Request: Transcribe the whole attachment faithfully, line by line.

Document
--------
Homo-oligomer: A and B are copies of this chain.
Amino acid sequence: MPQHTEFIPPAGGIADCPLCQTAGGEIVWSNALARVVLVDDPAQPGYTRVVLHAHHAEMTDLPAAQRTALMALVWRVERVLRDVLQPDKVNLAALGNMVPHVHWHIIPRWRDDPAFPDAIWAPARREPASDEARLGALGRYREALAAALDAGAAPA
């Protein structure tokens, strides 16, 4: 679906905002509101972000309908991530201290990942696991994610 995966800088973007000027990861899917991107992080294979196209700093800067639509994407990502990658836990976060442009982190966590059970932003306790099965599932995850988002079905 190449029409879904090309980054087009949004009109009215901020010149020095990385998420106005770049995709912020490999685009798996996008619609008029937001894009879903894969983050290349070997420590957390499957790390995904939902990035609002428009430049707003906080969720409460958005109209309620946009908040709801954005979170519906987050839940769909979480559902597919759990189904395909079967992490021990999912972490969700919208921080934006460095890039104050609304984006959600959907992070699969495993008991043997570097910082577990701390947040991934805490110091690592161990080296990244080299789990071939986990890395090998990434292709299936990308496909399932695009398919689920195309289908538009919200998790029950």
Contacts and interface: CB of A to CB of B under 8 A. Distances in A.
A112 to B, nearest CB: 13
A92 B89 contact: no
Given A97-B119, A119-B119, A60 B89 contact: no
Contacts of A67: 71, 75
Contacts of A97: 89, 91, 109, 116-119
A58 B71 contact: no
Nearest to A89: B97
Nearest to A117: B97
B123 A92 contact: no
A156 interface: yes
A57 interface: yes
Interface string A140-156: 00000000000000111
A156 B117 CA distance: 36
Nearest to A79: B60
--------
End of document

Homo-oligomer: A and B are copies of this chain.
Amino acid sequence: MPQHTEFIPPAGGIADCPLCQTAGGEIVWSNALARVVLVDDPAQPGYTRVVLHAHHAEMTDLPAAQRTALMALVWRVERVLRDVLQPDKVNLAALGNMVPHVHWHIIPRWRDDPAFPDAIWAPARREPASDEARLGALGRYREALAAALDAGAAPA
């Protein structure tokens, strides 16, 4: 679906905002509101972000309908991530201290990942696991994610 995966800088973007000027990861899917991107992080294979196209700093800067639509994407990502990658836990976060442009982190966590059970932003306790099965599932995850988002079905 190449029409879904090309980054087009949004009109009215901020010149020095990385998420106005770049995709912020490999685009798996996008619609008029937001894009879903894969983050290349070997420590957390499957790390995904939902990035609002428009430049707003906080969720409460958005109209309620946009908040709801954005979170519906987050839940769909979480559902597919759990189904395909079967992490021990999912972490969700919208921080934006460095890039104050609304984006959600959907992070699969495993008991043997570097910082577990701390947040991934805490110091690592161990080296990244080299789990071939986990890395090998990434292709299936990308496909399932695009398919689920195309289908538009919200998790029950």
Contacts and interface: CB of A to CB of B under 8 A. Distances in A.
A112 to B, nearest CB: 13
A92 B89 contact: no
Given A97-B119, A119-B119, A60 B89 contact: no
Contacts of A67: 71, 75
Contacts of A97: 89, 91, 109, 116-119
A58 B71 contact: no
Nearest to A89: B97
Nearest to A117: B97
B123 A92 contact: no
A156 interface: yes
A57 interface: yes
Interface string A140-156: 00000000000000111
A156 B117 CA distance: 36
Nearest to A79: B60